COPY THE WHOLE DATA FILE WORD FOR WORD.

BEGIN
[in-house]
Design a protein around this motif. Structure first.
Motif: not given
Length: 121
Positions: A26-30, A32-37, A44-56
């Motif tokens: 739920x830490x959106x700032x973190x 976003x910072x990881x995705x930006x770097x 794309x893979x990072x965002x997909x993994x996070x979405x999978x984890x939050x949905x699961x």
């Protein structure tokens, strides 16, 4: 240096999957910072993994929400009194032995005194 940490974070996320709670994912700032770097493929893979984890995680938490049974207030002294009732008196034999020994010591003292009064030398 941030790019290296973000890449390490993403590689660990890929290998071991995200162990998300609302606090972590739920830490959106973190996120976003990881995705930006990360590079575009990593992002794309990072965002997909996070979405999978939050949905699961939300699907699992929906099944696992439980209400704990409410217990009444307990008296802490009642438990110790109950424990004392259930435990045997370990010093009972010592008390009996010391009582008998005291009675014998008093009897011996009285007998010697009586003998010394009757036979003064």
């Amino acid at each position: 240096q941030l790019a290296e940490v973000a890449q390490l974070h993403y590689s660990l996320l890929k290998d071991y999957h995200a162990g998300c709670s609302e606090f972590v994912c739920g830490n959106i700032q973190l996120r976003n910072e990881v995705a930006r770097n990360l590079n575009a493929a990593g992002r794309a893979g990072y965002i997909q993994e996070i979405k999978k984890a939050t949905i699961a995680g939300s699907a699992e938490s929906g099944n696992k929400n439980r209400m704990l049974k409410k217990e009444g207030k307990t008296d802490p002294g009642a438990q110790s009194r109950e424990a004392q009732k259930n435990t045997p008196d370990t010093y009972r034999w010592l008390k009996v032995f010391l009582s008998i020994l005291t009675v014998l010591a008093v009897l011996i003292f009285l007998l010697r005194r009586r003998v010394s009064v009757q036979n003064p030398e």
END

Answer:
[in-house]
Design a protein around this motif. Structure first.
Motif: not given
Length: 121
Positions: A26-30, A32-37, A44-56
């Motif tokens: 739920x830490x959106x700032x973190x 976003x910072x990881x995705x930006x770097x 794309x893979x990072x965002x997909x993994x996070x979405x999978x984890x939050x949905x699961x």
């Protein structure tokens, strides 16, 4: 240096999957910072993994929400009194032995005194 940490974070996320709670994912700032770097493929893979984890995680938490049974207030002294009732008196034999020994010591003292009064030398 941030790019290296973000890449390490993403590689660990890929290998071991995200162990998300609302606090972590739920830490959106973190996120976003990881995705930006990360590079575009990593992002794309990072965002997909996070979405999978939050949905699961939300699907699992929906099944696992439980209400704990409410217990009444307990008296802490009642438990110790109950424990004392259930435990045997370990010093009972010592008390009996010391009582008998005291009675014998008093009897011996009285007998010697009586003998010394009757036979003064």
């Amino acid at each position: 240096q941030l790019a290296e940490v973000a890449q390490l974070h993403y590689s660990l996320l890929k290998d071991y999957h995200a162990g998300c709670s609302e606090f972590v994912c739920g830490n959106i700032q973190l996120r976003n910072e990881v995705a930006r770097n990360l590079n575009a493929a990593g992002r794309a893979g990072y965002i997909q993994e996070i979405k999978k984890a939050t949905i699961a995680g939300s699907a699992e938490s929906g099944n696992k929400n439980r209400m704990l049974k409410k217990e009444g207030k307990t008296d802490p002294g009642a438990q110790s009194r109950e424990a004392q009732k259930n435990t045997p008196d370990t010093y009972r034999w010592l008390k009996v032995f010391l009582s008998i020994l005291t009675v014998l010591a008093v009897l011996i003292f009285l007998l010697r005194r009586r003998v010394s009064v009757q036979n003064p030398e």